Wednesday, 24 August 2016

An Olympic Game

The Olympics have dominated much of our interest and attention recently: volunteer Bill Gray takes a closer look.  
The coverage of the Olympic Games this month left me realising I knew very little about their origin. I have been able to partly rectify this thanks to books to be found in Innerpeffray library. A brief mention of the beginning of the ancient games, or Olympiads, in 776 BC is given in volume v of Isaac Newton’s works. The Games continued to be held every four years until 393 AD. Thereafter a gap of 1500 years followed until the founding of the Modern Games in 1894 AD. However the real illumination of the Games is to be found in the marvellous collection of original Scots Magazines  in the library of Innerpeffray. In the volume dated 1754 on page 481 there is a delightful description of these ancient games which also confirms the ancient start-up as 776 BC. This (1754) is of course more than 100 years before their late nineteenth century resurrection after that no-action period of nigh on 1500 years. It seems the original purpose of the games was to stop the warring between city-states in ancient Greece, the argument being that non-fatal competition was a more civilised and more enjoyable way to demonstrate a 'country's' superiority.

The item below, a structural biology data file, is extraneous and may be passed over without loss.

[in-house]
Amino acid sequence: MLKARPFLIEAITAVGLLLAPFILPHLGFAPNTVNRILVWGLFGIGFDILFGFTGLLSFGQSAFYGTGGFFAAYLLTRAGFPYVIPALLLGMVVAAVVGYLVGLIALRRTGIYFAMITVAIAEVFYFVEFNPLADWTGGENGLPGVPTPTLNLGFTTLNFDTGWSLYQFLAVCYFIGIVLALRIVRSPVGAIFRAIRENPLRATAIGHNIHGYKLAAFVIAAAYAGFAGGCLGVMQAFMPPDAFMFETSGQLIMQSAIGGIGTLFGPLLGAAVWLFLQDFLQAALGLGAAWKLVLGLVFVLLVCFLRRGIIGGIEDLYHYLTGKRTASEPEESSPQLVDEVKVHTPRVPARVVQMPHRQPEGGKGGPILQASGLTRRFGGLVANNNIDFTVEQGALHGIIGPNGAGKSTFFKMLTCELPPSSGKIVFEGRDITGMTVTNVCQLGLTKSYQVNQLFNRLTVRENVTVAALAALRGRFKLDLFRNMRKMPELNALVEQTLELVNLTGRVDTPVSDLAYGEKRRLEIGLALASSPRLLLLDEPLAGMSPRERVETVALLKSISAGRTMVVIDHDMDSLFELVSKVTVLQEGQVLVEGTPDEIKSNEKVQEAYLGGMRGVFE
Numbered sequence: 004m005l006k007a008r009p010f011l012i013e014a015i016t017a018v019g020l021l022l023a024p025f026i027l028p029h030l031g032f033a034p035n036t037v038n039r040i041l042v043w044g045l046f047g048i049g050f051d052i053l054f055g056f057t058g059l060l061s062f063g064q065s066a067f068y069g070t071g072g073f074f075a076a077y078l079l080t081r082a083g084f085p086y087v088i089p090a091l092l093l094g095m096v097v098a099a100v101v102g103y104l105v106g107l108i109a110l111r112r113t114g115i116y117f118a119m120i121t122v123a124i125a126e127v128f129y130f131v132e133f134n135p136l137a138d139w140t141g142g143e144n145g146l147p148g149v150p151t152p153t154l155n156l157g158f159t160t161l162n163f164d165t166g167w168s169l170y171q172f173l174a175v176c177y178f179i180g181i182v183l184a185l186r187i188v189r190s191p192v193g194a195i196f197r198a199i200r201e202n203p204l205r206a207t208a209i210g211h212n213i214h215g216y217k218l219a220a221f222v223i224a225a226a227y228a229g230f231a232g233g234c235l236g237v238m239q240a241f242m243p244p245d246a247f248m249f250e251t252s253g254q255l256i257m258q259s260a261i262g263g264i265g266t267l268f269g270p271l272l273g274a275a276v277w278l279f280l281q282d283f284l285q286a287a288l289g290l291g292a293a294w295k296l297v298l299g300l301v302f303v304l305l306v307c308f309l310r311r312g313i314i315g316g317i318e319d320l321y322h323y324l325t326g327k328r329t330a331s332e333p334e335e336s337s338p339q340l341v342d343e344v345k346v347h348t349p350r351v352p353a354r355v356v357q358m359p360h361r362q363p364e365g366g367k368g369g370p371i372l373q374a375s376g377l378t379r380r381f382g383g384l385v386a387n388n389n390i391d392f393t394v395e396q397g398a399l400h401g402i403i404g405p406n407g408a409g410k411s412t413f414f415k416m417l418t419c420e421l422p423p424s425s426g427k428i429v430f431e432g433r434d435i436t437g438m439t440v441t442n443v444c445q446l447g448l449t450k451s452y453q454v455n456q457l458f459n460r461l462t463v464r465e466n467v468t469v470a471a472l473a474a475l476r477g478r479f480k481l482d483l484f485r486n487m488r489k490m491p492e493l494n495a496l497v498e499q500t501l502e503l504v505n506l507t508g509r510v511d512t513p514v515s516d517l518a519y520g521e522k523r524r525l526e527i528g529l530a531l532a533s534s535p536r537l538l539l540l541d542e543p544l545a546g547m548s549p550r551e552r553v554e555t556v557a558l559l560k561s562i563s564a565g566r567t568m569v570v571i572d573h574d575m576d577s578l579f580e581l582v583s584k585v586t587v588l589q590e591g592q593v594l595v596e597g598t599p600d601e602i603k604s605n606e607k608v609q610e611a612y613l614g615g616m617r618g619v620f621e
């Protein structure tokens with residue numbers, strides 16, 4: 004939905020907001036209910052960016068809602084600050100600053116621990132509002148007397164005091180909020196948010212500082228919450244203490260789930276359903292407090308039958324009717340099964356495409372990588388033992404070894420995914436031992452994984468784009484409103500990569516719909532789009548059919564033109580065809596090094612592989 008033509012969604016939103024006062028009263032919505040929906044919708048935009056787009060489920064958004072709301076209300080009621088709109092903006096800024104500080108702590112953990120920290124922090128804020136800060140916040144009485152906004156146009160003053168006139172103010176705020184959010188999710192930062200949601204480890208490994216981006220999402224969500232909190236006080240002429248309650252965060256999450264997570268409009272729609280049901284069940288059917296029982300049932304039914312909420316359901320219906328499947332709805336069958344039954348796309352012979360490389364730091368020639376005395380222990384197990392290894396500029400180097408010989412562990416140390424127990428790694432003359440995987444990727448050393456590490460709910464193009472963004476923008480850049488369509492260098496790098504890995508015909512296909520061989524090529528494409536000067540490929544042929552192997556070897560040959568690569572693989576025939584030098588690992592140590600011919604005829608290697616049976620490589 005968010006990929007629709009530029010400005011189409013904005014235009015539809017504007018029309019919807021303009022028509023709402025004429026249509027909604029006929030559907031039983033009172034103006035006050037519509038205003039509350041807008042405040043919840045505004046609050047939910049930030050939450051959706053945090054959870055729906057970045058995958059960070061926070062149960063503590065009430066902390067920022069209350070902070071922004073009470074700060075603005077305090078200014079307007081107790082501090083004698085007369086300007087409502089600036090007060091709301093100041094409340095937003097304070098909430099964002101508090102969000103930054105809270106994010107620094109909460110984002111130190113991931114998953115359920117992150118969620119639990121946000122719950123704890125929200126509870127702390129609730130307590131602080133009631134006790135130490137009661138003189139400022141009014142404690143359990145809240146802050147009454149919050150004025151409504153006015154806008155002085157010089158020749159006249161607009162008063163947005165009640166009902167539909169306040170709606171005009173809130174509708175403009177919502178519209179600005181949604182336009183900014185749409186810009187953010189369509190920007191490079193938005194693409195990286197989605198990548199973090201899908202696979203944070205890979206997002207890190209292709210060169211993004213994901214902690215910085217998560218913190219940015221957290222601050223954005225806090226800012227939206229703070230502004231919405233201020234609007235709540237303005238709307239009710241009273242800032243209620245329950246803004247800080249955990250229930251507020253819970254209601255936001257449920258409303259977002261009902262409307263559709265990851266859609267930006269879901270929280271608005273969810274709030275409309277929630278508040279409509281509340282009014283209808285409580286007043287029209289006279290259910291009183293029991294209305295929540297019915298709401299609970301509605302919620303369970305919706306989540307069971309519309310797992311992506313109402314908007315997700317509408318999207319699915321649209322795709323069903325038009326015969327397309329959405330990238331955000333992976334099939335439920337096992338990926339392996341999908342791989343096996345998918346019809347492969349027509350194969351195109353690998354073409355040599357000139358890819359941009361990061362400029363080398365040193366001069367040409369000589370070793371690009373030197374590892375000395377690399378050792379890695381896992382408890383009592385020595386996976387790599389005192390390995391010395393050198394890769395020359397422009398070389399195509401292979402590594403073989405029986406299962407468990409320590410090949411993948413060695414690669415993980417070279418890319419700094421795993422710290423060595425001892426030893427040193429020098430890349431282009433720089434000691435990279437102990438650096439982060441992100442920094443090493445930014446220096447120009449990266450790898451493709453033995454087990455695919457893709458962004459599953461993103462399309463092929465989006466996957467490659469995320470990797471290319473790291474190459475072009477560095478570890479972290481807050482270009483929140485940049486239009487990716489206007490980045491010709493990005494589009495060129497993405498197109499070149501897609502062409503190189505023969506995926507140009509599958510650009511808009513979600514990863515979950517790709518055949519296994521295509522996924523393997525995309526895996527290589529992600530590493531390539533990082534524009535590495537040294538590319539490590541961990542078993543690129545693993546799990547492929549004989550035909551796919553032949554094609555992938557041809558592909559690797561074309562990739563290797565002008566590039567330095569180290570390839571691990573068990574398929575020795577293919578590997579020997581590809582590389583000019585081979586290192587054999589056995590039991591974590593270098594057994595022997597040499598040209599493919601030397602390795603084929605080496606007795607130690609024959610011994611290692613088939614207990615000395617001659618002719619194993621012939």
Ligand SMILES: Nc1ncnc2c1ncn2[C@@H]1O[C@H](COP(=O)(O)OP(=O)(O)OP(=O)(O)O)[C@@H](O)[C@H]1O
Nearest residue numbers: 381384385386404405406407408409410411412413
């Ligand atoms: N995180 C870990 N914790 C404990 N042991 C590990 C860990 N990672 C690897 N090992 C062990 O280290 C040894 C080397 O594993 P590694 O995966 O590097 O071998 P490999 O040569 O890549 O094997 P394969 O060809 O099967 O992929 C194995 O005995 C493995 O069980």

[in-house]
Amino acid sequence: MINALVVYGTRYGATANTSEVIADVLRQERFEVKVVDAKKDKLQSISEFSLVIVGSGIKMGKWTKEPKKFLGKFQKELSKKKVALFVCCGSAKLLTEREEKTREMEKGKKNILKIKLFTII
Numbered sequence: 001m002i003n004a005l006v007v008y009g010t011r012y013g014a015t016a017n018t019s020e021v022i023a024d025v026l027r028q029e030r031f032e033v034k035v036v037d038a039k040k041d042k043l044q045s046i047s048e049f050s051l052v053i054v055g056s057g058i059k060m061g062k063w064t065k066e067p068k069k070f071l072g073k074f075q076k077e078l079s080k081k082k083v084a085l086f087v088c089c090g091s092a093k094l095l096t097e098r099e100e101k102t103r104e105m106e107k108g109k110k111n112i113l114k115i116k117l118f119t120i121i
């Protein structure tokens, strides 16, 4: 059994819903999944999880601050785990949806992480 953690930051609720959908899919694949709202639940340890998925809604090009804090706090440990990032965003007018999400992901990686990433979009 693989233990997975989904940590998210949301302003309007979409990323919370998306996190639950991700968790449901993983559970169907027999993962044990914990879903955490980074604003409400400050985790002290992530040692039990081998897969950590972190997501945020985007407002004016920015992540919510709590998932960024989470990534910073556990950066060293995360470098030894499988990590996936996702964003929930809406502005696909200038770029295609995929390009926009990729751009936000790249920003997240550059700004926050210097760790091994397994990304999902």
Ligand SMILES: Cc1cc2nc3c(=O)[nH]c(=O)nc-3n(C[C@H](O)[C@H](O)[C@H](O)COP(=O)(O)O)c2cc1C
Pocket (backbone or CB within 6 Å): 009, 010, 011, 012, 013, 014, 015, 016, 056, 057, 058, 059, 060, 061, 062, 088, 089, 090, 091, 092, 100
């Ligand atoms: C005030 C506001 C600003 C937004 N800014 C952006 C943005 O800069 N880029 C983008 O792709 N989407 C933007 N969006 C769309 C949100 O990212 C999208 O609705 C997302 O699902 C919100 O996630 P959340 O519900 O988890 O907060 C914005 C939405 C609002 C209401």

The Games took place every four years (an Olympiad) and the sports to be seen have a familiar resonance today. The site where the games took place was called a ‘Stadium’. There was the 'Pentathlon' which comprised a foot race (running),wrestling, quoiting (discus), jumping and darting (javelin). The participants were, unsurprisingly, known as 'pentathletes'. Another sport was the 'pancratium',or boxing to us. It was interesting to read that, pre-empting the Marquis of Queensbury, biting and gauging were not allowed. Another popular event was the chariot race which closely resembled the one shown in the film Ben Hur. Seemingly it was as dangerous as is shown in that film and, even in that male oriented society, women could take part as charioteers. Events were organised in heats when there were many entrants and knock out competitions were run, leading to quarter-finals, semi-finals and finals. These ‘exercises’ were distinguished by the name of ‘Gymnastics’.
The rewards for the victors also have a familiar ring. There was great acclamation, applause and cheering. Flowers were thrown and everyone wanted to touch the athletes and shake their hands. Victory parades were given to the winners and banquets were held in their honour.  Laudatory odes were composed and statues erected. Today’s victors might get a gold painted post-box erected in their home town. But the greatest accolade was reserved for the homecoming victor. The city walls were broken down to allow him (there were no female athletes) free access to the city. Victors were forever after honoured with the first and best seats at all public spectacles.
It all seems a bit familiar.